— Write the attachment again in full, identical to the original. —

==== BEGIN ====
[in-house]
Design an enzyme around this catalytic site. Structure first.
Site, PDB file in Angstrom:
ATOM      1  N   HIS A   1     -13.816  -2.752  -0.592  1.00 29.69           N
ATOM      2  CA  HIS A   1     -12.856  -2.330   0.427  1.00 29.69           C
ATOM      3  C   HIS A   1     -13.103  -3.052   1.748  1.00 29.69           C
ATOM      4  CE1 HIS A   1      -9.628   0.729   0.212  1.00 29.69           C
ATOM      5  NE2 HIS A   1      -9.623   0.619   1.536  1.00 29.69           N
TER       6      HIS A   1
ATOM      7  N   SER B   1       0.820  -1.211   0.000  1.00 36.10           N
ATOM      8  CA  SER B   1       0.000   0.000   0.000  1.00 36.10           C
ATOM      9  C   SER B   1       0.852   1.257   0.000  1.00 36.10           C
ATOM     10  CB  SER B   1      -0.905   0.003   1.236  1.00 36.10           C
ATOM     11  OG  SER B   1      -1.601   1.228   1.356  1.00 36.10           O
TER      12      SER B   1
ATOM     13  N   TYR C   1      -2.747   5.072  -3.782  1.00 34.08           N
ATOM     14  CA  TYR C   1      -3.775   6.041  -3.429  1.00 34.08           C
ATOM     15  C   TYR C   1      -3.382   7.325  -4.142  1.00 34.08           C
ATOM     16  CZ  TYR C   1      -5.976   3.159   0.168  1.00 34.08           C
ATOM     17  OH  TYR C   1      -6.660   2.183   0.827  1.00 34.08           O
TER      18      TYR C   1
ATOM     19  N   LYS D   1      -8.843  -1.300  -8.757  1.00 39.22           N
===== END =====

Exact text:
[in-house]
Design an enzyme around this catalytic site. Structure first.
Site, PDB file in Angstrom:
ATOM      1  N   HIS A   1     -13.816  -2.752  -0.592  1.00 29.69           N
ATOM      2  CA  HIS A   1     -12.856  -2.330   0.427  1.00 29.69           C
ATOM      3  C   HIS A   1     -13.103  -3.052   1.748  1.00 29.69           C
ATOM      4  CE1 HIS A   1      -9.628   0.729   0.212  1.00 29.69           C
ATOM      5  NE2 HIS A   1      -9.623   0.619   1.536  1.00 29.69           N
TER       6      HIS A   1
ATOM      7  N   SER B   1       0.820  -1.211   0.000  1.00 36.10           N
ATOM      8  CA  SER B   1       0.000   0.000   0.000  1.00 36.10           C
ATOM      9  C   SER B   1       0.852   1.257   0.000  1.00 36.10           C
ATOM     10  CB  SER B   1      -0.905   0.003   1.236  1.00 36.10           C
ATOM     11  OG  SER B   1      -1.601   1.228   1.356  1.00 36.10           O
TER      12      SER B   1
ATOM     13  N   TYR C   1      -2.747   5.072  -3.782  1.00 34.08           N
ATOM     14  CA  TYR C   1      -3.775   6.041  -3.429  1.00 34.08           C
ATOM     15  C   TYR C   1      -3.382   7.325  -4.142  1.00 34.08           C
ATOM     16  CZ  TYR C   1      -5.976   3.159   0.168  1.00 34.08           C
ATOM     17  OH  TYR C   1      -6.660   2.183   0.827  1.00 34.08           O
TER      18      TYR C   1
ATOM     19  N   LYS D   1      -8.843  -1.300  -8.757  1.00 39.22           N